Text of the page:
Thanks guys, I guess I never considered the pattern density of the media on the substrate because in my mind that wouldn’t really have an impact on the scratch pattern assuming equal size/hardness of the media, but more the time/effort required to erode the previous scratch pattern. Looking at the thread Organic posted shows that clearly I am wrong in that thought process as the 6 micron obviously is more refined from the 1500 Grit. That thread brings about a new question of whether the 1500 is necessary or whether I would be better served going with the Glass Platens with 6 micron and 3 microns after the 1000 grit. Ultimately I would like to do crazy sharp beautiful mirror bevels. However, as of right now I’m less concerned about appearance and after strictly a keen edge. I am upgrading from a sharpmaker and would like to find a progression that will emulate Spyderco white fine rods for edc, the 1000 stones aren’t quite there.

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    #47830

    MarcH
    Moderator
    • Topics: 53
    • Replies: 1449

    Aaron you will be able to attain your objectives.  First you need to gain the experience, technique and consistency to do it.  It’s more about what you do then how you do it.  At this early stage in your sharpening experience,  technique is number one.  With out proper consistent technique it doesn’t matter what mediums you use or the order.  Keep doing as your doing.  Time and practice and continued use of your stones will produce improved results beyond what you’re producing now, as your abrasives continue to break-in and improve.  Then, as you add more and different grit mediums to your progression you’ll reach and achieve better and finer results.  Give time, time, and it’ll come together.  I’m at it for about 6 years now and I think my results still continue to improve.  Each time I sharpen I apply the experiences I learned from previous attempts.  It becomes more clear and second nature.   It’s not something you just decide to do and you can make it happen.  It takes time and experience before it comes together.  Patience.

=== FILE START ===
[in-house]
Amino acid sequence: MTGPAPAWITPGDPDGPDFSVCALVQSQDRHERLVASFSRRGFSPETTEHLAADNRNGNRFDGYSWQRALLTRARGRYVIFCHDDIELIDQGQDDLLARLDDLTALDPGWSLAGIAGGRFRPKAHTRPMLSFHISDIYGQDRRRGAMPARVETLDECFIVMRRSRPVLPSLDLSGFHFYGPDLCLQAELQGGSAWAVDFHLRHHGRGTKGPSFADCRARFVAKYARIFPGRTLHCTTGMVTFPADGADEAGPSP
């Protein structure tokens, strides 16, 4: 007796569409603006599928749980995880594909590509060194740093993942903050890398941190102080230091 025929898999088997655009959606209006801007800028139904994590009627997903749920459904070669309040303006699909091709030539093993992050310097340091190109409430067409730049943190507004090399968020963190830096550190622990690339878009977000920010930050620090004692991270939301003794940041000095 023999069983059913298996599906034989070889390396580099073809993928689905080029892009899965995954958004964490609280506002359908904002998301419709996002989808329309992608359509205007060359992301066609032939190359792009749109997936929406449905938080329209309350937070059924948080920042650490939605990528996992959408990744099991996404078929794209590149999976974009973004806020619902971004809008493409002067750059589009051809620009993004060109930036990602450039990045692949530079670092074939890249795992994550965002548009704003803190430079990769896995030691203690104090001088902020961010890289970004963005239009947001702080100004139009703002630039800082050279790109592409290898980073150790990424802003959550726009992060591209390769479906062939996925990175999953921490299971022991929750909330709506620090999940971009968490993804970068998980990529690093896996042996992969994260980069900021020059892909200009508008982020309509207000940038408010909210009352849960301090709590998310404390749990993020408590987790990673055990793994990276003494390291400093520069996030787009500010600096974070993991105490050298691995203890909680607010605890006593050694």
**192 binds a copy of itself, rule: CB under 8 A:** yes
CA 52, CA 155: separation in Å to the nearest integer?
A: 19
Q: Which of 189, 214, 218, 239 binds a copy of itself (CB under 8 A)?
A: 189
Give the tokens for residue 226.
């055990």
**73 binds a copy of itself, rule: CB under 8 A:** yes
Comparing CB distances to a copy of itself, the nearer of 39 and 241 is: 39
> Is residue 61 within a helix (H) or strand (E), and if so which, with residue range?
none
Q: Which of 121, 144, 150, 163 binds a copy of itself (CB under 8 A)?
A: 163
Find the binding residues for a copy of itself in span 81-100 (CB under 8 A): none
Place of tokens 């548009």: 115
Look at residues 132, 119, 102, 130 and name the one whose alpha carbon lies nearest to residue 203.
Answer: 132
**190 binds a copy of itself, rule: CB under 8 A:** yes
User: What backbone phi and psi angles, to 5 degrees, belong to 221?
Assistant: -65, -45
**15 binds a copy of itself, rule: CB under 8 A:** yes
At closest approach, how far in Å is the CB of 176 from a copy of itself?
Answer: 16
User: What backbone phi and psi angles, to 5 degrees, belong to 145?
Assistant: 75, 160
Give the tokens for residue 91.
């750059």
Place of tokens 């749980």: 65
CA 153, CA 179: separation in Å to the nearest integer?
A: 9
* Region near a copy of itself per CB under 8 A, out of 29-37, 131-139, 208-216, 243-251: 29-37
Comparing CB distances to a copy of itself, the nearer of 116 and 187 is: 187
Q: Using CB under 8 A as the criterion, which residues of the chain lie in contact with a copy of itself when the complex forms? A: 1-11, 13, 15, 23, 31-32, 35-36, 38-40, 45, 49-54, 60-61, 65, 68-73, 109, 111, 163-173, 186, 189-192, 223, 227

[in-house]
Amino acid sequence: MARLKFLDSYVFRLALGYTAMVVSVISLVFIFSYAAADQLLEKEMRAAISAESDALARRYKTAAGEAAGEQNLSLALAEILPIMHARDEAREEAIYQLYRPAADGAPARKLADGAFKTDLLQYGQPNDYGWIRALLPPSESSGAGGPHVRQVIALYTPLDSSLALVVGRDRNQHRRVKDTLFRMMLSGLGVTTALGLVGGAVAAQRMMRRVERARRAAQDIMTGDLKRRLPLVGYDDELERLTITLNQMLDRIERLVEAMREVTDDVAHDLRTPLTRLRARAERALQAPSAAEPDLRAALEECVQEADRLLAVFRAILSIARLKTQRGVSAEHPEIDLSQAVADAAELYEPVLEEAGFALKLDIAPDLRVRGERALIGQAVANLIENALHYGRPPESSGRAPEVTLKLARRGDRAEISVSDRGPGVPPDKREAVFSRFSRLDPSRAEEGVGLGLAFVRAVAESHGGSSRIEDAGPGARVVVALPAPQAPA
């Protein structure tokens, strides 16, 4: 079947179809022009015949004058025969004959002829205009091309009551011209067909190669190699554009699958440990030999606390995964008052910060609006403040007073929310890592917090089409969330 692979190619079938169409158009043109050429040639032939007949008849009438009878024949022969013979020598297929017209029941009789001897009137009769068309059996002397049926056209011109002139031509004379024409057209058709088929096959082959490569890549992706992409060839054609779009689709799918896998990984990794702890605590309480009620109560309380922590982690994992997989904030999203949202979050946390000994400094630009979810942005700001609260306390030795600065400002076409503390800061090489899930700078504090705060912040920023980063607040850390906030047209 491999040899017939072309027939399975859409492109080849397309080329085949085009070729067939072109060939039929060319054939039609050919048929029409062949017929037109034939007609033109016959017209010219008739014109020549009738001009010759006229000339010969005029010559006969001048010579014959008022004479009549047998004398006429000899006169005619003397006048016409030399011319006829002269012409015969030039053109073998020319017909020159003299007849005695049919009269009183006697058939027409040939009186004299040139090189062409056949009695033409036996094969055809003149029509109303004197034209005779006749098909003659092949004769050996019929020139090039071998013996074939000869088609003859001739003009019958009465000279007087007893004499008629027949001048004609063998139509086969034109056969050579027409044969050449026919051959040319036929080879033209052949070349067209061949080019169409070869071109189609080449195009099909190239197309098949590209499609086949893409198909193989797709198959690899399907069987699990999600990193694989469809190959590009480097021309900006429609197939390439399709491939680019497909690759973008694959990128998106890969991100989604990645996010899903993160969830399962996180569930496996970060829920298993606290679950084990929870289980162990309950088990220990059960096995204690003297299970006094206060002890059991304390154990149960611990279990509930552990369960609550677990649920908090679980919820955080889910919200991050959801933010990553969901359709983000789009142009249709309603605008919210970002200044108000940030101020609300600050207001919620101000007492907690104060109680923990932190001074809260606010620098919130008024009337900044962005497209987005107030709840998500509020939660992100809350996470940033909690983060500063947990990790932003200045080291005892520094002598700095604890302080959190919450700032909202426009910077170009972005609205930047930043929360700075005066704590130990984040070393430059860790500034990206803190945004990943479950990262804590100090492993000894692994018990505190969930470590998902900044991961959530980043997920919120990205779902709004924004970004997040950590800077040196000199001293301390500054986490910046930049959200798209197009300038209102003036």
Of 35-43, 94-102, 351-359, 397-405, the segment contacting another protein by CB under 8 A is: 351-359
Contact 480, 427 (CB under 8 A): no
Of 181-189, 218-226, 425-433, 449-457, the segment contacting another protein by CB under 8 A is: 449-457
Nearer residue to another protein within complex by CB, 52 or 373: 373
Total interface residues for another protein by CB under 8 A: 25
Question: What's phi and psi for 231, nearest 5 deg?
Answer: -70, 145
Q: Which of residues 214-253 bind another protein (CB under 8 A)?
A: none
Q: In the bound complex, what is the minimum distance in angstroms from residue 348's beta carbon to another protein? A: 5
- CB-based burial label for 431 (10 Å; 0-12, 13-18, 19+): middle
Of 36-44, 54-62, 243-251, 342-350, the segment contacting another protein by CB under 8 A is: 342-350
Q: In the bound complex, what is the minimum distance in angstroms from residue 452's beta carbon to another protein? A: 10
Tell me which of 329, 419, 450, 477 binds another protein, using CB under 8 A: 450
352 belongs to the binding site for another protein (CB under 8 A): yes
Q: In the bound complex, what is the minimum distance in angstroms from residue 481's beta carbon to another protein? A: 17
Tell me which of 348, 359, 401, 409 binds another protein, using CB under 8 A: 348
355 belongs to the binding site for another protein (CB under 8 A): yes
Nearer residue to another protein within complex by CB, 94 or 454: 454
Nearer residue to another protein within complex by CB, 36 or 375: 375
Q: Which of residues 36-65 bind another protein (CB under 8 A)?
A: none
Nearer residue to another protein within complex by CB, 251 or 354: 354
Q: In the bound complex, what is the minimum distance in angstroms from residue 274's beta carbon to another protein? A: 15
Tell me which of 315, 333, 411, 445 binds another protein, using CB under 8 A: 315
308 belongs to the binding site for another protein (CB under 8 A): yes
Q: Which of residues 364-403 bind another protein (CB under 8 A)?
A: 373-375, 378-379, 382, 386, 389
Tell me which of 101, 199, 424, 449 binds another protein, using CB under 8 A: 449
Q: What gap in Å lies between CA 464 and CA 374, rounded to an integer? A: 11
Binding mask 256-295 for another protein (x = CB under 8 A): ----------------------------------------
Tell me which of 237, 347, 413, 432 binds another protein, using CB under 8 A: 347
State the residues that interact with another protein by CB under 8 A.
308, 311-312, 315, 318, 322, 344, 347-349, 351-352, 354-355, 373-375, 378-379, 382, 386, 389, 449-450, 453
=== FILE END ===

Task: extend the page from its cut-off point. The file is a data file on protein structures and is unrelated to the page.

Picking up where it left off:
Marc
    (MarcH's Rack-It)

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    #47831

    Organic
    Participant
    • Topics: 16
    • Replies: 665

    The micro fine 1.4 / 0.6 micron ceramics are the exact formulation as the standard stones that come with a sharp maker. Clay sources these from the same manufacturer as Spyderco uses.

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    #47832

    MarcH
    Moderator
    • Topics: 53
    • Replies: 1449

    The Micro Fine 1.4 / 0.6 micron Ceramic Set are the exact same formulation as the standard stones that come with a “Spyderco Triangle Sharpmaker”.  Clay, the owner of Wicked Edge, sources these from the same manufacturer that Spyderco uses.

    Just to save you any disappointment these Wicked Edge Micro Fine Ceramic Stones will require a longer break-in period then the Wicked Edge Diamond Stone paddles.  The Ceramics are a good choice, and another alternative, to use following the 1500 grit diamond stones to enhance your edge sharpness and polish.

    Marc
    (MarcH's Rack-It)

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    #47833

    tcmeyer
    Participant
    • Topics: 33
    • Replies: 1655

    Both Organic and Marc are correct in the statements that jumping from 1,500 to 3 micron would require much more work with the 3 micron film to erase the scratches made by the 1500 grit stone.  Since the usable life of the film is limited to some number of sharpenings (perhaps 30?) you’d probably only get a very few out of the 3 micron DLF before needing to replace it.  Too expensive and too time consuming.